Placing a partner in a care home

maggieanne

Registered User
Oct 14, 2023
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I don’t have any answers but just wanted to send you love and hugs. 👩‍❤️‍💋‍👩
It’s so hard isn’t it. Hopefully both our partners will at some point settle.
I’m here if you ever need to chat. It helps when someone else is going through the same thing. I don’t think anyone can quite understand how emotional it all is until you actually go through it yourself.
 

maggieanne

Registered User
Oct 14, 2023
33
0
69
Hi @maggieanne

I am sorry to hear about your situation but it is still early days. My wife went into a care home in May 2019. At first, she seemed to settle in very quickly. I didn't visit for the first few days then got into a routine of visiting for about an hour 3-4 times a week. I knew that it was important to break her dependency on me and transfer it to the care home staff. For a long time she continued to ask where K was, but she had asked me (K) that when she was at home. Eventually she stopped asking for me, talked less about going 'home' and seemed to accept that the care home was where she lived.

It wasn't all plain sailing. She was mobile and active, roaming around the small home rattling door handles, going in and out of other residents' rooms, transferring clothes and belongings from one place to the next. For a while she became quite aggressive, to the extent that she was referred to the challenging behaviour team.

I could see how much better she was being cared for than I had been managing at home. I missed her but knew that the hardest decision I had ever made - to admit her to a care home - was also the best for her and for me too. But I was worried that her challenging behaviour would lead to the home giving her notice to quit. By that time I was making friends with the staff. I voiced my fears to a senior member of the team who said that they'd dealt with this sort of thing many times. She reassured me that my wife would not be asked to leave.

Within a few months, as she became used to her new environment and routine, the extra support of the challenging behaviour team was withdrawn. Now, she is settled and content and is very clearly loved by the staff. Her dementia has progressed and - coming up for 83 - she is no longer independently mobile and says very little. I visit twice weekly or sometimes more if there is an event of some kind. She is sometimes sleepy or asleep, sometimes ignores me, and sometimes bright and lively. She seems comfortable in my presence and I still get glimpses of the person she was before dementia.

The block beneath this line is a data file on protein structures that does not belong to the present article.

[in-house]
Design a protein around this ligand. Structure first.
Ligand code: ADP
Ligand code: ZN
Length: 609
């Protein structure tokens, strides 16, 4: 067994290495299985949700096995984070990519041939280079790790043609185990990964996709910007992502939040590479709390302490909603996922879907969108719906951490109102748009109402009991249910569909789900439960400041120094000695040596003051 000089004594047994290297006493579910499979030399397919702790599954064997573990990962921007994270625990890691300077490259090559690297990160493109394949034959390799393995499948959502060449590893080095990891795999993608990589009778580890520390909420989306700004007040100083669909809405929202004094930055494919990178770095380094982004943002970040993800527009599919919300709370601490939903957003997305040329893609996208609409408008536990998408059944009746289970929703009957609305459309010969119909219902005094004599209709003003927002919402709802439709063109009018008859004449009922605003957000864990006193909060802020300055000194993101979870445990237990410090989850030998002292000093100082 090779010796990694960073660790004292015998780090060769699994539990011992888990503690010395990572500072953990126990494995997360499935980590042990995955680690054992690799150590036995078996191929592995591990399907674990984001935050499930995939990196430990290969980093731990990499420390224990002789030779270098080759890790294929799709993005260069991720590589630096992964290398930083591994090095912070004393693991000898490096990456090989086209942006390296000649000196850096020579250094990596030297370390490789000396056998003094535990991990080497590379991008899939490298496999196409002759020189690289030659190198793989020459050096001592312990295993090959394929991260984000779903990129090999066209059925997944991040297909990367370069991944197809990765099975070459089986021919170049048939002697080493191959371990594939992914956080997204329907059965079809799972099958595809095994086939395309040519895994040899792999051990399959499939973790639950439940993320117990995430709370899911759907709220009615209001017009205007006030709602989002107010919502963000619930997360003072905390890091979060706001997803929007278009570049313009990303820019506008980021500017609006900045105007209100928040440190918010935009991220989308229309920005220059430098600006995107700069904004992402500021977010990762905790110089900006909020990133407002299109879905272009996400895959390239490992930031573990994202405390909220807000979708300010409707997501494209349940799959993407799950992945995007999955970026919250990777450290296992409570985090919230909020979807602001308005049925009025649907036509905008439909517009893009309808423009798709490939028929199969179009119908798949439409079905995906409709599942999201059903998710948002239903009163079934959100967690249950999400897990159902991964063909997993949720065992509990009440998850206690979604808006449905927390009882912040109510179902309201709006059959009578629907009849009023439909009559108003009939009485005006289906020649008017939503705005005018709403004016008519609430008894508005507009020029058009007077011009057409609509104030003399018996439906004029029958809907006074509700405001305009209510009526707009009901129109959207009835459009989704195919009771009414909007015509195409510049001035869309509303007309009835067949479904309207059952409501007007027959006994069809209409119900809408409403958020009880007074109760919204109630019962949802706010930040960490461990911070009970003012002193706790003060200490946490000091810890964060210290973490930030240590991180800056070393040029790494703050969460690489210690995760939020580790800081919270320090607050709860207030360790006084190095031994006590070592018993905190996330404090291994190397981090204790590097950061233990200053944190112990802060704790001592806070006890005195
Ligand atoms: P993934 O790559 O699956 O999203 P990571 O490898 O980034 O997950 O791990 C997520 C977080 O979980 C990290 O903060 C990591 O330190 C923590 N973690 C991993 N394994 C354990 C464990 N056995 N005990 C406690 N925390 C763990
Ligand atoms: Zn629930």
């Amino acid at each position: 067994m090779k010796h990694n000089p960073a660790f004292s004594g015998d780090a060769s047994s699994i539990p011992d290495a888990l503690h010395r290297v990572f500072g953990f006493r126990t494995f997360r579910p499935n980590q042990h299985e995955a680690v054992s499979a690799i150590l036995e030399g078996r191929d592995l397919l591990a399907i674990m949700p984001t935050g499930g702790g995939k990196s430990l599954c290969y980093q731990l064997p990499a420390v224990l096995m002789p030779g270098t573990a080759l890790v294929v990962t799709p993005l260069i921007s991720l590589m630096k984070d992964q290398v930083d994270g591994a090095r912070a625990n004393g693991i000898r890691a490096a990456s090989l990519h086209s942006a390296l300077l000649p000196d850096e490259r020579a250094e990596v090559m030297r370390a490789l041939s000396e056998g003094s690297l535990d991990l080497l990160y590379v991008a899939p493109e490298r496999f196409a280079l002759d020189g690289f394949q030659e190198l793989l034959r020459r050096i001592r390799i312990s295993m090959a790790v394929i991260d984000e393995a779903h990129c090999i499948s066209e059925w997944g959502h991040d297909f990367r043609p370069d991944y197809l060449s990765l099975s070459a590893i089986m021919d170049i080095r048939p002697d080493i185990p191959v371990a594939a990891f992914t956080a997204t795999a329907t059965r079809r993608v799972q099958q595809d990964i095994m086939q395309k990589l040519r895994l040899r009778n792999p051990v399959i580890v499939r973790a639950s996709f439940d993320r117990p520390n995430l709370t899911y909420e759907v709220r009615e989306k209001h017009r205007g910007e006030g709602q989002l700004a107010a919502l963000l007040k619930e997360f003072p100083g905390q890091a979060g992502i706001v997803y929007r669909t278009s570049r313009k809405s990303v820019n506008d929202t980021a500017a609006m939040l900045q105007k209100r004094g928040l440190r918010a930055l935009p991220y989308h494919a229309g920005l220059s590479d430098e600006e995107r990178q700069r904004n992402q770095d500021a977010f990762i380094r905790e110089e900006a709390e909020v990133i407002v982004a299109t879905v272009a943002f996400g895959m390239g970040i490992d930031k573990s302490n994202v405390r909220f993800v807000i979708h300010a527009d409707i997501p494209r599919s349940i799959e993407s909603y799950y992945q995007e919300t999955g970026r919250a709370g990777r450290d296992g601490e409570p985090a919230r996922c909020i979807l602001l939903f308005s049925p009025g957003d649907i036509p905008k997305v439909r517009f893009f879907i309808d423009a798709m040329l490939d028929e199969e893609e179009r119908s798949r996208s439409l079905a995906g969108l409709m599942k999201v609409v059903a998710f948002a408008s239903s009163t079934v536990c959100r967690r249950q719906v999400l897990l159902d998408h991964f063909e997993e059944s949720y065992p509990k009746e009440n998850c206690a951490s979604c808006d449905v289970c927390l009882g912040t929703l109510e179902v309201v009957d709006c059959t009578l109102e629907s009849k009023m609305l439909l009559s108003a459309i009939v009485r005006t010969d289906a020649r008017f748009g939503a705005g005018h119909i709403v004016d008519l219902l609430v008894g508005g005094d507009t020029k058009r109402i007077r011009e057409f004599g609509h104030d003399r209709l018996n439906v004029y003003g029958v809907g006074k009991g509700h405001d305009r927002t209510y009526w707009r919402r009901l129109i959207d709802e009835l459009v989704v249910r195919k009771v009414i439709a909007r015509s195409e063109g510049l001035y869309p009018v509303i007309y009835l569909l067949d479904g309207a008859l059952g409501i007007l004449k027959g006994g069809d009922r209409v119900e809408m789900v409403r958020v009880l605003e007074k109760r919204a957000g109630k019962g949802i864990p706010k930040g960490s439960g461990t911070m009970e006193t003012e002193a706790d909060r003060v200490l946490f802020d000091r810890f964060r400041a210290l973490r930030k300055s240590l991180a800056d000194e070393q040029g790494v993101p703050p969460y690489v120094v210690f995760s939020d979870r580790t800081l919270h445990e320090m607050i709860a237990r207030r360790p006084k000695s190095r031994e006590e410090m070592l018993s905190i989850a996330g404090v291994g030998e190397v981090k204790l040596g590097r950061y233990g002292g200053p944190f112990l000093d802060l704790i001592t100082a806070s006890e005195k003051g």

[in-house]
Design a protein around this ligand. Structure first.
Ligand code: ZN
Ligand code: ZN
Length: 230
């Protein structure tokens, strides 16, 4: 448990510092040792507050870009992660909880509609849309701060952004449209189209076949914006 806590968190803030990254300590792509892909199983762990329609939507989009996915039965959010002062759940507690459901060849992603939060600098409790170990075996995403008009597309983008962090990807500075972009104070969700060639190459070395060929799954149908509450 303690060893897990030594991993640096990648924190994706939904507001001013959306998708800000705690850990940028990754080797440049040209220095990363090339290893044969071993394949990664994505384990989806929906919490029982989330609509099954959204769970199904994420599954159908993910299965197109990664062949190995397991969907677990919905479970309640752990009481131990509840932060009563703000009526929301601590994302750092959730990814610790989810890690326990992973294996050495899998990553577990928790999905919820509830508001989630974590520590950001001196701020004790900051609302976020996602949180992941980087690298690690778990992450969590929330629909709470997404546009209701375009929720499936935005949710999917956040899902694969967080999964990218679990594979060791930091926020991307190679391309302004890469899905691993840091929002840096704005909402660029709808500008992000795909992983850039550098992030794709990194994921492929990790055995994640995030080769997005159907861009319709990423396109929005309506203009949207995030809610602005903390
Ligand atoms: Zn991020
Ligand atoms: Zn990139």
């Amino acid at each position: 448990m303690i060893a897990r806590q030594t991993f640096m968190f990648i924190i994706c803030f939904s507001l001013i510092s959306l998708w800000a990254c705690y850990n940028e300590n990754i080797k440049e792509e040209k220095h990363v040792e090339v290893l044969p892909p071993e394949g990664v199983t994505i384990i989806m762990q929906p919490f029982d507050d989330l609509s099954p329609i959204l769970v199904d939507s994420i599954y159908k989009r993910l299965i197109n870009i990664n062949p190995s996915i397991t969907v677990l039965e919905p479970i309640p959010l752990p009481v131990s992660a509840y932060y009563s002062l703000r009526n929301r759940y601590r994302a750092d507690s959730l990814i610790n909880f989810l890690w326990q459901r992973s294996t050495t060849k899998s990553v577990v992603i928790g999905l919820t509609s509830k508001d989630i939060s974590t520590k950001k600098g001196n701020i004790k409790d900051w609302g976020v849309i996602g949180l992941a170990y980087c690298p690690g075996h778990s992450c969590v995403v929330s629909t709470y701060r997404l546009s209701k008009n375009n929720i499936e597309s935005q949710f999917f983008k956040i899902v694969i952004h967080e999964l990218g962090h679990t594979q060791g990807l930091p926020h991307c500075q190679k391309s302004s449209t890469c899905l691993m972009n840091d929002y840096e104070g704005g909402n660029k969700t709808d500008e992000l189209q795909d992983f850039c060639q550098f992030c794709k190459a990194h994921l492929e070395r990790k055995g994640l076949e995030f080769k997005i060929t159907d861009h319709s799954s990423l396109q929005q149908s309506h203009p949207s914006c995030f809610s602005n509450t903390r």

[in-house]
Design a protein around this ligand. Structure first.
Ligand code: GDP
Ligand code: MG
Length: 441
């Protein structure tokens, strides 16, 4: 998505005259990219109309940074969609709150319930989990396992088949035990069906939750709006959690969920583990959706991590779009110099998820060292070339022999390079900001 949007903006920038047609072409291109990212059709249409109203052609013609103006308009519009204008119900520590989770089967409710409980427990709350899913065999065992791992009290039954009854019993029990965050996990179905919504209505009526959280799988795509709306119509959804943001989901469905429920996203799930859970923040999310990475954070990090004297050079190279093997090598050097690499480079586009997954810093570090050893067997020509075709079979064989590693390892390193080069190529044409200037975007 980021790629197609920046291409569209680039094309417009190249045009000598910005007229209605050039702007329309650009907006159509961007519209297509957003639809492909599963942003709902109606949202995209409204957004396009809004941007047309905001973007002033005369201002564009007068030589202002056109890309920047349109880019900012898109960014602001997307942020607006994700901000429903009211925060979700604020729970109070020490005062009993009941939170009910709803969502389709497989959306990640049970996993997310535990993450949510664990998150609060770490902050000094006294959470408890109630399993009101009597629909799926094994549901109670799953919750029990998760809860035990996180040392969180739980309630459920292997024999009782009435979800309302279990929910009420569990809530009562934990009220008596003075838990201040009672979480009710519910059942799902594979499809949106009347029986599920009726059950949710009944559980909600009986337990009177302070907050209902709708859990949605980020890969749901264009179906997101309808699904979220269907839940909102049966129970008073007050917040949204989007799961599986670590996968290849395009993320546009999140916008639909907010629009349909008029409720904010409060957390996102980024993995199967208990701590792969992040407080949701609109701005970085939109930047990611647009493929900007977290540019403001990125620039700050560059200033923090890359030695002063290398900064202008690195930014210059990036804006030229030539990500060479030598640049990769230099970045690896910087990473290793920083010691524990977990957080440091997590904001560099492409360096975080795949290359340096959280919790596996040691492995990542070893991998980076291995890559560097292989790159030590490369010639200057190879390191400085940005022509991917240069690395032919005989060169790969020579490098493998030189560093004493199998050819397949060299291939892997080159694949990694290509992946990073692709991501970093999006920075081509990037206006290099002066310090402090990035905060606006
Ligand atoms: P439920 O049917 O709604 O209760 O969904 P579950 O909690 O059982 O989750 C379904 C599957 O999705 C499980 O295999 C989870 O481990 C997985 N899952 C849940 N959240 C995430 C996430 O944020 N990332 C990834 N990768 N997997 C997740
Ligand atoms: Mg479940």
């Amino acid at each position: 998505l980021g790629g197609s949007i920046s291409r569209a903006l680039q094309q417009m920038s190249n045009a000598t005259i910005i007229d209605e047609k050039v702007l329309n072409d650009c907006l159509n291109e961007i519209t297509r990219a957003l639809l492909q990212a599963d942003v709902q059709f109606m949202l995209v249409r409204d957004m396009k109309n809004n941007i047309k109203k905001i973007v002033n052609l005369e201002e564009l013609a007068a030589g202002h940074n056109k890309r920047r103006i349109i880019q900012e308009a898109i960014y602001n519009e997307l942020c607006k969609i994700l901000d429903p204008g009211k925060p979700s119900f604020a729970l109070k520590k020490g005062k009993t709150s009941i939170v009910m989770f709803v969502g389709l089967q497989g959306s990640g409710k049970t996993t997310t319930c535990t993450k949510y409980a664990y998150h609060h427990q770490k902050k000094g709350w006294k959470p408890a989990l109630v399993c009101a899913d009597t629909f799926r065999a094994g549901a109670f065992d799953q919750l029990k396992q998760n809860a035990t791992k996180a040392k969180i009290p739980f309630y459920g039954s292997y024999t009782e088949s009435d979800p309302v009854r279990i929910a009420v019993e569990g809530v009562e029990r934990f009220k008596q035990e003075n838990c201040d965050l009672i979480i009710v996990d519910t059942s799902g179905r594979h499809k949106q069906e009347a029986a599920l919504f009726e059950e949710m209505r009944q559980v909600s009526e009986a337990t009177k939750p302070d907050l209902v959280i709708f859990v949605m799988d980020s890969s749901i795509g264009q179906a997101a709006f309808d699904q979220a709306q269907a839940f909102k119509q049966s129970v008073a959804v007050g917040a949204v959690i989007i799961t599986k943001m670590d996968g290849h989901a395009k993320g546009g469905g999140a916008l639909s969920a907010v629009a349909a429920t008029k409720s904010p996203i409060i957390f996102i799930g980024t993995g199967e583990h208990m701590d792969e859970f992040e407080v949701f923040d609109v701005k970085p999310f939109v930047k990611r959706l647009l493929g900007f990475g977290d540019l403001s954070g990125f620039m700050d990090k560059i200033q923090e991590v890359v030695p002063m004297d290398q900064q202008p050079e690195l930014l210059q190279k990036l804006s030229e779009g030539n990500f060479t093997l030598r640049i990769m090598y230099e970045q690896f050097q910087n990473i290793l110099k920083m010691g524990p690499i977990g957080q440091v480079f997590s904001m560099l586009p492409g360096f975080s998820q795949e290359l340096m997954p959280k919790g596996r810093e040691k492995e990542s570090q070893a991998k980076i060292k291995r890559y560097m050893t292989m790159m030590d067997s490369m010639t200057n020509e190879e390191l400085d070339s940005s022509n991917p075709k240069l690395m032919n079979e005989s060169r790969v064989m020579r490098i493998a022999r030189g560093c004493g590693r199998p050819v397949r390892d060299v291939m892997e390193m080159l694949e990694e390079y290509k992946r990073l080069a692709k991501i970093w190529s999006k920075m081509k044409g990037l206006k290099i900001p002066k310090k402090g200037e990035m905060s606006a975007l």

Looking after her at home I had become reduced to the role of constant and inadequate carer. Now, with the caring done by others, we have time to sit and enjoy each others company.

Writing this tale of my experience has been more emotionally draining than I thought. One can only do what is best to cope with a bad situation. What has worked for us may not be what works for everyone but I hope that my perspective is helpful to anyone who faces similar challenges.
Thank you. It certainly helped reading what you have gone through.
Im so sorry you feel emotionally drained by writing that. It shows we never actually recover from being a carer.
 

SMBeach

Registered User
Apr 19, 2020
291
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Morning all. My husband of 51 years went into a care home five days ago. My heart is breaking. I knew it would be hard but I’m getting worse as the days go by.
I haven’t visited yet as he was so unsettled they said to leave it a few days. The home and staff are lovely. He’s eating well and thinks he’s there staying to do a job. When he was working sometimes he would be away for a few days.
I really need to see him but at the moment I can’t stop crying. I’m afraid I will when I see him.
It’s his birthday Monday and my son and daughter are going to see him. I’ve told him I’m going into hospital. They said it’s better they go first and his brother the day after.
Any advice will be really welcome.
I was feeling exactly like this just 4 weeks ago when dad moved into a care home. I stayed with him all day. Joined in activities with him. Are meals with him. Sat in the lounge and bedroom with him. There were some issues I wasn’t happy about and met with the manager twice to discuss. Nurses, and activities team email and call me. I’m 500 miles away. I cried every night for dad. My stomach turned. I couldn’t eat. And I felt awful leaving him to return home for a couple of months. 4 weeks on and I’m starting to let go a little. I’ve gone from doing absolutely everything for dad to now just focussing on selling his home and keeping in touch with dad and the care home. Sometimes I call and he moans, although he never actually tells me what he’s moaning about. Other times I call and he’s fine, always forgetful but fine. I’d pop in and visit though. I’d be worried dad felt I’d just forgotten him. But after the 3 days, I had no choice but to return home for work etc. so dads kind of gif to get on with it. He’s very happy when I tell him the nurses and I are in touch regularly with them updating me and me updating them with dad’s feedback. I think that just confirms for him that he’s not forgotten.